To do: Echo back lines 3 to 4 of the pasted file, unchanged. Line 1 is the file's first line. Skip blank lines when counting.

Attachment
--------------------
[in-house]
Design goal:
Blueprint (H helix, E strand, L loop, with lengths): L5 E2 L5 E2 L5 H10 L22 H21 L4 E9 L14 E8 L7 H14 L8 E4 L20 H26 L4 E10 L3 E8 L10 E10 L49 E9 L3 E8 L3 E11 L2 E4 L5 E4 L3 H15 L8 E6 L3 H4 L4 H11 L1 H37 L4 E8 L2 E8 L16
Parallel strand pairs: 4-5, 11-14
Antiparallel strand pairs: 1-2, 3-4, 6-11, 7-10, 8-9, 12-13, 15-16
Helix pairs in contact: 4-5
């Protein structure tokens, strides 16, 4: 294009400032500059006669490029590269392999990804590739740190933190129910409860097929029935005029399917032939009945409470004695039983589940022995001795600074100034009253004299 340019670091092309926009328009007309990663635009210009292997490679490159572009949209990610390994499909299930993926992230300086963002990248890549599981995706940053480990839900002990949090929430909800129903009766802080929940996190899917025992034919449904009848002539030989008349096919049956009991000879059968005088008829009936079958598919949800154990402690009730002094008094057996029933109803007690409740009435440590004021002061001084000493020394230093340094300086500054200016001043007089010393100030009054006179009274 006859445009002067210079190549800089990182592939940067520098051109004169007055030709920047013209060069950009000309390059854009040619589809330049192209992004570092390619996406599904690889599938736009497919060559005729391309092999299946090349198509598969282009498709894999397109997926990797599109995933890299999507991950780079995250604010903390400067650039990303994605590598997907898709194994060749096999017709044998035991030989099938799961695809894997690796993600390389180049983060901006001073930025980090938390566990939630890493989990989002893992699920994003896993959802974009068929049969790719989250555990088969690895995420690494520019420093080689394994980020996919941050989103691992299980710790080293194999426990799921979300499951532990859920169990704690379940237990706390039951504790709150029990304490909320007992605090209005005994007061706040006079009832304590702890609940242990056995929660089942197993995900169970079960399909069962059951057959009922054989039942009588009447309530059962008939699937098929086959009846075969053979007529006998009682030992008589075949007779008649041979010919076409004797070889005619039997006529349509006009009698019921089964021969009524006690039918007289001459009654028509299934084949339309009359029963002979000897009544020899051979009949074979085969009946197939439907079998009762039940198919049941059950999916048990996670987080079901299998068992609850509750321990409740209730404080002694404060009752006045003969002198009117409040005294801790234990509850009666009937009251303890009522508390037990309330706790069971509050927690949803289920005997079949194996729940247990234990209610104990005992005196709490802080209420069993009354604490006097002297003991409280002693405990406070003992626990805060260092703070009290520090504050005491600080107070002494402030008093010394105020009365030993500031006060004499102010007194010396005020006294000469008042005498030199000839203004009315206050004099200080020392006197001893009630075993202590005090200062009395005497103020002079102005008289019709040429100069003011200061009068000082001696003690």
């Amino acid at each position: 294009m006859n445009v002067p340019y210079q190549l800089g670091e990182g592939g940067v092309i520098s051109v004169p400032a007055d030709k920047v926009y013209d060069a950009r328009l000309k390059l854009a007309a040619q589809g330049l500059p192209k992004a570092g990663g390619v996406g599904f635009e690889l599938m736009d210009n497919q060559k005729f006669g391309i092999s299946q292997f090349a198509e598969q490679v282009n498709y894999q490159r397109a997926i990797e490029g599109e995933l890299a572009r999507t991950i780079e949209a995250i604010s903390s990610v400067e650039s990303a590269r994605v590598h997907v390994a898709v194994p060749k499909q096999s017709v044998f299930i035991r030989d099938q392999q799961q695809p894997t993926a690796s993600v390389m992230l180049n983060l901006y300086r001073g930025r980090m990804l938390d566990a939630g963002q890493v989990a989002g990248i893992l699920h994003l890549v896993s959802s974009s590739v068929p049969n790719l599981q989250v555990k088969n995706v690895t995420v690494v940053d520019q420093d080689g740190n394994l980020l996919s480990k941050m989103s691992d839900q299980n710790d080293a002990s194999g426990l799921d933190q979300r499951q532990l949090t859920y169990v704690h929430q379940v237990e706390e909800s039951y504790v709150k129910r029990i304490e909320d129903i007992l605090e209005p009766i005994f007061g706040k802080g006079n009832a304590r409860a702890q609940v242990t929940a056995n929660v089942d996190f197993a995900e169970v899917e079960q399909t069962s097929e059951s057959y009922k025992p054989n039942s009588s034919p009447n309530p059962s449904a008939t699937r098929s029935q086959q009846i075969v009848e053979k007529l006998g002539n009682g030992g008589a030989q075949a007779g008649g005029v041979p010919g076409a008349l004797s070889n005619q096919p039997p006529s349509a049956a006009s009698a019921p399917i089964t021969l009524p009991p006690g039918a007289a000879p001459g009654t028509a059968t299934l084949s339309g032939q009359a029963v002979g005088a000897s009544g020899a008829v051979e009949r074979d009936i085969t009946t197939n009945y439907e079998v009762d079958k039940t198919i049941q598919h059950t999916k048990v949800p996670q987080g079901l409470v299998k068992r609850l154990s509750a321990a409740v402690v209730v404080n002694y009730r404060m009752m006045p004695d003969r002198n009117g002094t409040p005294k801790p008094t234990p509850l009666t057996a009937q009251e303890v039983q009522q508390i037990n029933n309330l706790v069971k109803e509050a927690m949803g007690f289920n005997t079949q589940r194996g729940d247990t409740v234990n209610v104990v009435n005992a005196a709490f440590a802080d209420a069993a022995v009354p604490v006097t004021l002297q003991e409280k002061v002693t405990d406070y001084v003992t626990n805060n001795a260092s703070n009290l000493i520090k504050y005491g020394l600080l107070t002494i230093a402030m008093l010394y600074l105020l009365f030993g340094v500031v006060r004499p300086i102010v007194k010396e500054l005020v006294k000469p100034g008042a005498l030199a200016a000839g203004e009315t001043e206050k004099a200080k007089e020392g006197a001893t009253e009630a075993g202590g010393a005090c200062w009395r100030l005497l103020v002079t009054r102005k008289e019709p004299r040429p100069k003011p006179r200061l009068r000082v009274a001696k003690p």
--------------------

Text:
Blueprint (H helix, E strand, L loop, with lengths): L5 E2 L5 E2 L5 H10 L22 H21 L4 E9 L14 E8 L7 H14 L8 E4 L20 H26 L4 E10 L3 E8 L10 E10 L49 E9 L3 E8 L3 E11 L2 E4 L5 E4 L3 H15 L8 E6 L3 H4 L4 H11 L1 H37 L4 E8 L2 E8 L16
Parallel strand pairs: 4-5, 11-14